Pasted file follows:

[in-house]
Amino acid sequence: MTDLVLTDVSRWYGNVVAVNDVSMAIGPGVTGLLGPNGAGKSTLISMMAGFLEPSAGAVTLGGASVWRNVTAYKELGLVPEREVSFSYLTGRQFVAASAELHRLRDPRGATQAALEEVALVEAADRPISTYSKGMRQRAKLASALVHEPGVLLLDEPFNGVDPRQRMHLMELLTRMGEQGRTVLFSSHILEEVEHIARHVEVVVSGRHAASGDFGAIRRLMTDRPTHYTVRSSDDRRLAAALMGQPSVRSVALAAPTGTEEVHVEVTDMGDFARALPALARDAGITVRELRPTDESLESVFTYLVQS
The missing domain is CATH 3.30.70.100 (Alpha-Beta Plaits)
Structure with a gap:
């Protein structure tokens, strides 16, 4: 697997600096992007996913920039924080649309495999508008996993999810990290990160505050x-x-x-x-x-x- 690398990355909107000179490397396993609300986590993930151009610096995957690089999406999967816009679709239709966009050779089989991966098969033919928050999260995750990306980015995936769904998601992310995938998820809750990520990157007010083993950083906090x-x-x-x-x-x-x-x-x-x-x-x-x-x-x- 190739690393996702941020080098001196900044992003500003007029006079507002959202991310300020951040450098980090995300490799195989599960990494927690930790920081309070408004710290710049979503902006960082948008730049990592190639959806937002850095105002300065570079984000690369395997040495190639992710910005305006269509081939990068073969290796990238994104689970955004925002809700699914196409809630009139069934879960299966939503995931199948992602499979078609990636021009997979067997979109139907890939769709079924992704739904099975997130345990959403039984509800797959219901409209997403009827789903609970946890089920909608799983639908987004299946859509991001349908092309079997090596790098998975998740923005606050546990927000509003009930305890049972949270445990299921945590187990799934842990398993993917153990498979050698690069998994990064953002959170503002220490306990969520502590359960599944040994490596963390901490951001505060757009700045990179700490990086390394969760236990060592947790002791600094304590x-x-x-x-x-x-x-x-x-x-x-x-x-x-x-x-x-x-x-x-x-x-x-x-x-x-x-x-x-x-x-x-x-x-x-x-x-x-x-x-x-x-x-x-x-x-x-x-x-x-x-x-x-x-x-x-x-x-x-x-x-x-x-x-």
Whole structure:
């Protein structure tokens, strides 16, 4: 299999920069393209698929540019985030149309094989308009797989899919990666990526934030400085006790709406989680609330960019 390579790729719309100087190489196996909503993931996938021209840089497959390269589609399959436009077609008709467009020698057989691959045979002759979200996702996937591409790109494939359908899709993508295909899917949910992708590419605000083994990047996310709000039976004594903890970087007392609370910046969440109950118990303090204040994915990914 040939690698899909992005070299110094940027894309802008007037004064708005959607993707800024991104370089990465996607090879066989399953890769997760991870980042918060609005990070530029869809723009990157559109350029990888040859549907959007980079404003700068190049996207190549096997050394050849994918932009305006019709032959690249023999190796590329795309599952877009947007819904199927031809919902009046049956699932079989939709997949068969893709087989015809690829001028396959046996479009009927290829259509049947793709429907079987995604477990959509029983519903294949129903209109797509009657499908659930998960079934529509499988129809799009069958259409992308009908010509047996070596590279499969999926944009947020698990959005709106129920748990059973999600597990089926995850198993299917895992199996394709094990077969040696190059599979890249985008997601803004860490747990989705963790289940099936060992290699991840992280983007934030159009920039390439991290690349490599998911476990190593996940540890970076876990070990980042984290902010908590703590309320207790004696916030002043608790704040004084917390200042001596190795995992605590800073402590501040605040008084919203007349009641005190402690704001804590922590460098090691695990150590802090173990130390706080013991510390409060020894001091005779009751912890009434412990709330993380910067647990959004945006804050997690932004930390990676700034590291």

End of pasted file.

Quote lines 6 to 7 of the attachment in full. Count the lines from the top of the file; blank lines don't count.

Whole structure:
């Protein structure tokens, strides 16, 4: 299999920069393209698929540019985030149309094989308009797989899919990666990526934030400085006790709406989680609330960019 390579790729719309100087190489196996909503993931996938021209840089497959390269589609399959436009077609008709467009020698057989691959045979002759979200996702996937591409790109494939359908899709993508295909899917949910992708590419605000083994990047996310709000039976004594903890970087007392609370910046969440109950118990303090204040994915990914 040939690698899909992005070299110094940027894309802008007037004064708005959607993707800024991104370089990465996607090879066989399953890769997760991870980042918060609005990070530029869809723009990157559109350029990888040859549907959007980079404003700068190049996207190549096997050394050849994918932009305006019709032959690249023999190796590329795309599952877009947007819904199927031809919902009046049956699932079989939709997949068969893709087989015809690829001028396959046996479009009927290829259509049947793709429907079987995604477990959509029983519903294949129903209109797509009657499908659930998960079934529509499988129809799009069958259409992308009908010509047996070596590279499969999926944009947020698990959005709106129920748990059973999600597990089926995850198993299917895992199996394709094990077969040696190059599979890249985008997601803004860490747990989705963790289940099936060992290699991840992280983007934030159009920039390439991290690349490599998911476990190593996940540890970076876990070990980042984290902010908590703590309320207790004696916030002043608790704040004084917390200042001596190795995992605590800073402590501040605040008084919203007349009641005190402690704001804590922590460098090691695990150590802090173990130390706080013991510390409060020894001091005779009751912890009434412990709330993380910067647990959004945006804050997690932004930390990676700034590291």